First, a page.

Step 1 : Send the same amount of money to charity as I do every time I buy myself something (iPod, car, house, vacation trip, etc)
Step 2 : Spend as much time helping others as I do helping myself (volunteer 4 hours for every golf outing, volunteer 1 week for every week-long vacation trip)

No matter how many complications are added to the tax system, I can always afford to hire more CPAs, lawyers, and financial planners to figure out how to best minimize taxes and maximize investment returns. Poor people can't do that.

Bush's stupid idea that sending everyone a check for several hundred dollars to stimulate the economy won't work. If I get a check, I just put it in the bank because I can afford to buy anything I want whenever I want to. If a poor person gets a check, they buy what they need (food, shelter, clothing, daycare, insurance, medical care, etc).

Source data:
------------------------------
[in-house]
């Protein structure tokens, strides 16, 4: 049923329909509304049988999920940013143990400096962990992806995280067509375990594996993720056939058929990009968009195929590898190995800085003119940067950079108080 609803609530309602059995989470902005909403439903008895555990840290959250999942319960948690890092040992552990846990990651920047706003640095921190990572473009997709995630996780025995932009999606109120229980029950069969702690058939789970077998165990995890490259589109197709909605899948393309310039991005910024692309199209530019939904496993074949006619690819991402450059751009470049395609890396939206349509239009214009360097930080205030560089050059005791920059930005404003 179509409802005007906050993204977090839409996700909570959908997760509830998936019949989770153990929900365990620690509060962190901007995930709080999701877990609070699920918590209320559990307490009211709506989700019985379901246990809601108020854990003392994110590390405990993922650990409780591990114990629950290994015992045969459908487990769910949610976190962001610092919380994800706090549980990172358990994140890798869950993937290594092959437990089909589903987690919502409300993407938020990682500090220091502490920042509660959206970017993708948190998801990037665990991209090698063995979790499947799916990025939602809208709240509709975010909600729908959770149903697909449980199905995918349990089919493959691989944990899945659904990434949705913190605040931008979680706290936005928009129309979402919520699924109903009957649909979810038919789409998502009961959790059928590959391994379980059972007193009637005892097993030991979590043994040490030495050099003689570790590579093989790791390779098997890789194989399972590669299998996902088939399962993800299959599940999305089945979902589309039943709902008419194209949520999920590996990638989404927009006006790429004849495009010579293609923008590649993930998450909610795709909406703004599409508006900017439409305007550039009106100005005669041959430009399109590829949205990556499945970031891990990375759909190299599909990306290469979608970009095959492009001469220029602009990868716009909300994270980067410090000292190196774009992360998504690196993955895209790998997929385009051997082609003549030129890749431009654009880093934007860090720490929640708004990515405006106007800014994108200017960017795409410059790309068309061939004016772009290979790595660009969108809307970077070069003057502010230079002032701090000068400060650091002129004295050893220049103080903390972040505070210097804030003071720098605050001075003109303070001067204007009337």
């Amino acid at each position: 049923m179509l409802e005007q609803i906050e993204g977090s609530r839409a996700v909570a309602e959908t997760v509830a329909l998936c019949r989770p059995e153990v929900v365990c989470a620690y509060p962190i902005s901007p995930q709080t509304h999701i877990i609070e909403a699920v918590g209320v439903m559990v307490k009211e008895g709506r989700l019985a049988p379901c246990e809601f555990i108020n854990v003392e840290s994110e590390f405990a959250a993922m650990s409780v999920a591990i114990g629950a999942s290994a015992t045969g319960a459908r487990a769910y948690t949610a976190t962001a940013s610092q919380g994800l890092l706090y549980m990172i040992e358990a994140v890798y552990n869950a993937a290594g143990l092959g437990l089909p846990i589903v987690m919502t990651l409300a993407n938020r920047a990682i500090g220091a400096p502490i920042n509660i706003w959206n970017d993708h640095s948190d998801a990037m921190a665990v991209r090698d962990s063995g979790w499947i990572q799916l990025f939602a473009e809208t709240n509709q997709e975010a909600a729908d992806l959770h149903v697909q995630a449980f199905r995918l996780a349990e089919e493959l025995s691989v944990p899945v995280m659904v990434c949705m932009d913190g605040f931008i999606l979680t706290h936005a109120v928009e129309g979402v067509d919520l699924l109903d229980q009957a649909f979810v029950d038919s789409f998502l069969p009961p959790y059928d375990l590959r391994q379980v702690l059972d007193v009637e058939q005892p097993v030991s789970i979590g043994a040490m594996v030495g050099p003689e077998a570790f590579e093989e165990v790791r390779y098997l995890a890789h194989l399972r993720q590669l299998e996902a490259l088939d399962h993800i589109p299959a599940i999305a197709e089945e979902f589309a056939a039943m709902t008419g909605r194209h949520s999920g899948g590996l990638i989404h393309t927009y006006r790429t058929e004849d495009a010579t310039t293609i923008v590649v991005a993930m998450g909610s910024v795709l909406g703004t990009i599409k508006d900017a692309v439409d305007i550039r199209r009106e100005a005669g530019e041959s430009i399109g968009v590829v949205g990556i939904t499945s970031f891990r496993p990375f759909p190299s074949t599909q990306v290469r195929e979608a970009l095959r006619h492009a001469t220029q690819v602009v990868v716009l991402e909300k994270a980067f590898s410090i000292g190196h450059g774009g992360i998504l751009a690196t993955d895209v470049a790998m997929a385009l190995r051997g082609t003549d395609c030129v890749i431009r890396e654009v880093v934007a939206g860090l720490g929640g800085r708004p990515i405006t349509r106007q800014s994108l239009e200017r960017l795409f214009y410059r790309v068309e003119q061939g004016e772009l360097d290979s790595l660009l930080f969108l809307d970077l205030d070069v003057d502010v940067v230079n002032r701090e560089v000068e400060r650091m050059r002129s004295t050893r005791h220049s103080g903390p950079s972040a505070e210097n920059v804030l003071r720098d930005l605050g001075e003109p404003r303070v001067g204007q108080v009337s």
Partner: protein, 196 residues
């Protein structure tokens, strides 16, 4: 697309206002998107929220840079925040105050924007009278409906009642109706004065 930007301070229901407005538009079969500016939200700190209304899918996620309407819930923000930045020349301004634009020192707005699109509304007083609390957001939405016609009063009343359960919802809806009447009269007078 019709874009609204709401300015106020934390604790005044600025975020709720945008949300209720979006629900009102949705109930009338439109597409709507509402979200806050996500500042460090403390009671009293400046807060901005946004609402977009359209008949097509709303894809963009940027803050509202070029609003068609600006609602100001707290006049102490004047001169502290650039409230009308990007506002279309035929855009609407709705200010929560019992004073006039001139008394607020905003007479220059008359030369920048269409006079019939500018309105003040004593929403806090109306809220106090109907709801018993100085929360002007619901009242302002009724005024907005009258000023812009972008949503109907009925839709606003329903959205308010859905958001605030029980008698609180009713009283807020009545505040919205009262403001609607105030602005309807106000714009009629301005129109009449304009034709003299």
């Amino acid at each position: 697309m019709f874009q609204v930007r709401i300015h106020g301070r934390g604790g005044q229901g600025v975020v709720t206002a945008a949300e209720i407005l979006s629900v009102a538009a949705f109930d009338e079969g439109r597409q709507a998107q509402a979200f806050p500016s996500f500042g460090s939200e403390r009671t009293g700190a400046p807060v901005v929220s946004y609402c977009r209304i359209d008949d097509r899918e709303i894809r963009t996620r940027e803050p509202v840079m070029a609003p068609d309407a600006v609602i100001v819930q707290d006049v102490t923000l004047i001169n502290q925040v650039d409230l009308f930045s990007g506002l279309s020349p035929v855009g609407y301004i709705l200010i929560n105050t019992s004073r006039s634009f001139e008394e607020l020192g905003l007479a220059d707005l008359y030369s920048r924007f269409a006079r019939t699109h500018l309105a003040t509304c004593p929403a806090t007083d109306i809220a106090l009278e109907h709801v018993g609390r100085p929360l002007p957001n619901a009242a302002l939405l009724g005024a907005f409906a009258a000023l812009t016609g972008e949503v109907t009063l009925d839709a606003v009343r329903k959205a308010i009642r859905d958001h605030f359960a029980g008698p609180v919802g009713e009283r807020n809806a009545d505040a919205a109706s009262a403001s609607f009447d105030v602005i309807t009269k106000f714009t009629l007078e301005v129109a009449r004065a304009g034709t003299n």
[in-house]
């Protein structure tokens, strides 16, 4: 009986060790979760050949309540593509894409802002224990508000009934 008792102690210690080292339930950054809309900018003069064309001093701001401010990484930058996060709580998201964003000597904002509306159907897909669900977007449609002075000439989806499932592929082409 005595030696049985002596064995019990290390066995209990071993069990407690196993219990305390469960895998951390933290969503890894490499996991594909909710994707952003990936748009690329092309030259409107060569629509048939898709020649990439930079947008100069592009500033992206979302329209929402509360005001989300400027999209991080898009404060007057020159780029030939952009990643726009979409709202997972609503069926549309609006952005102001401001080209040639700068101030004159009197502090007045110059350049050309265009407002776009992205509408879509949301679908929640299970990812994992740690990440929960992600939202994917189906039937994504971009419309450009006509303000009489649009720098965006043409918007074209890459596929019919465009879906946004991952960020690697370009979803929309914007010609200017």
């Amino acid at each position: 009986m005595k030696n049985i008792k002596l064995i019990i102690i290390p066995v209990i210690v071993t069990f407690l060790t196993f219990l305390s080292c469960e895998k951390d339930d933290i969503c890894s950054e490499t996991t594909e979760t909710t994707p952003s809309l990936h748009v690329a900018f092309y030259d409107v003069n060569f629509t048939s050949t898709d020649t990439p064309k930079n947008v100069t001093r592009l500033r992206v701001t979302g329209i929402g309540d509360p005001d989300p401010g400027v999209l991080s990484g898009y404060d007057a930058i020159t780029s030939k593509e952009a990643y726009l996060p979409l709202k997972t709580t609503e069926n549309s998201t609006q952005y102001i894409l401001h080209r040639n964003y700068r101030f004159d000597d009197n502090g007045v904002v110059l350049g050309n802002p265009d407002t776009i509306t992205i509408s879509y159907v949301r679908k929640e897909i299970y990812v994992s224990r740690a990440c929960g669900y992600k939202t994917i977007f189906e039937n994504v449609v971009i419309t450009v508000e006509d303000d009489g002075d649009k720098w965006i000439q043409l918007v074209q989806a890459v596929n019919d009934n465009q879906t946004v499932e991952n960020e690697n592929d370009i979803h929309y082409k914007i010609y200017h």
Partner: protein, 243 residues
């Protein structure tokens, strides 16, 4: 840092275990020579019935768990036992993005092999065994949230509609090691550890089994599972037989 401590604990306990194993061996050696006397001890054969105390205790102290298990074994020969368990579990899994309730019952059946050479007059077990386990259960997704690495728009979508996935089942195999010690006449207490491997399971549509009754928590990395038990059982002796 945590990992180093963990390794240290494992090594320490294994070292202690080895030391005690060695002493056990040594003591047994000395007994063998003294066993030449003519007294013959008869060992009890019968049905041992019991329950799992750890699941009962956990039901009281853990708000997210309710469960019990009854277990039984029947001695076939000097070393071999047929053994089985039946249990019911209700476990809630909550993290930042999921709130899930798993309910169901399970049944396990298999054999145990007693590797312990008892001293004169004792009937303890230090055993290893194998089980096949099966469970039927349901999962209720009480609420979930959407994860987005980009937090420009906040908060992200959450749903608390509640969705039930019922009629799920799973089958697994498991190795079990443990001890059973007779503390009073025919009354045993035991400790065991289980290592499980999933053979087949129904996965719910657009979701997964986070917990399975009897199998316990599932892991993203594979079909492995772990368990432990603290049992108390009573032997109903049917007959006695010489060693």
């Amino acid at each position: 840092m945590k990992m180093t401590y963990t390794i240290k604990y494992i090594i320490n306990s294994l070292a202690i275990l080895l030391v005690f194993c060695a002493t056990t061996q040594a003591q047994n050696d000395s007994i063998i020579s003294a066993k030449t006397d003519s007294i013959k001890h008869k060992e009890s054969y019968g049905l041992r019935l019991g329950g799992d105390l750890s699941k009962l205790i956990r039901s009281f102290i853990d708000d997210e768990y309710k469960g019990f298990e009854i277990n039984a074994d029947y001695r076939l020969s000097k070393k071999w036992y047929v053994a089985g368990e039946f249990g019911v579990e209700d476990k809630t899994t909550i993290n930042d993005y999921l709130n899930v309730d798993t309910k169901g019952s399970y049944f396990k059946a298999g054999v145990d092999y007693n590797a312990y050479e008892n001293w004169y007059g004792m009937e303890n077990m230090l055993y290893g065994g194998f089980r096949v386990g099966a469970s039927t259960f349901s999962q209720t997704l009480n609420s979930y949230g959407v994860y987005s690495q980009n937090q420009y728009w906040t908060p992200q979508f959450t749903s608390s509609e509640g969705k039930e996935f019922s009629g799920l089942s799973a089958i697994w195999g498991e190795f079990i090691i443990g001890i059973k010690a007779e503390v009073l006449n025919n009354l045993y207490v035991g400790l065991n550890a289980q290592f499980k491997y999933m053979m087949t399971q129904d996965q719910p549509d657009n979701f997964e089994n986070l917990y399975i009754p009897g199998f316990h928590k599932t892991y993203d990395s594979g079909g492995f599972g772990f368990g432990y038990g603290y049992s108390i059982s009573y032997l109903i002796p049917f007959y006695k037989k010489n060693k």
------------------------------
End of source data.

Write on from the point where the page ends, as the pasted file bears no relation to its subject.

Giving more tax breaks or rebates to business owners doesn't make sense unless it is tied to actually spending the money right away on something that generates new jobs or something. But just because a business owner buys a building or some new equipment, he shouldn't be given a "rebate". He should only be rewarded for "making a real difference in human terms" :

Offer health insurance to employees who haven't had it before
Hire 5% more people than last year
Offer daycare support to families with kids
Offer education reimbursement

  Недвижимость [05.11.08 08:39 PM]

I love this idea! Only through information sharing and a concerted effort will we be successful in getting away petroleum.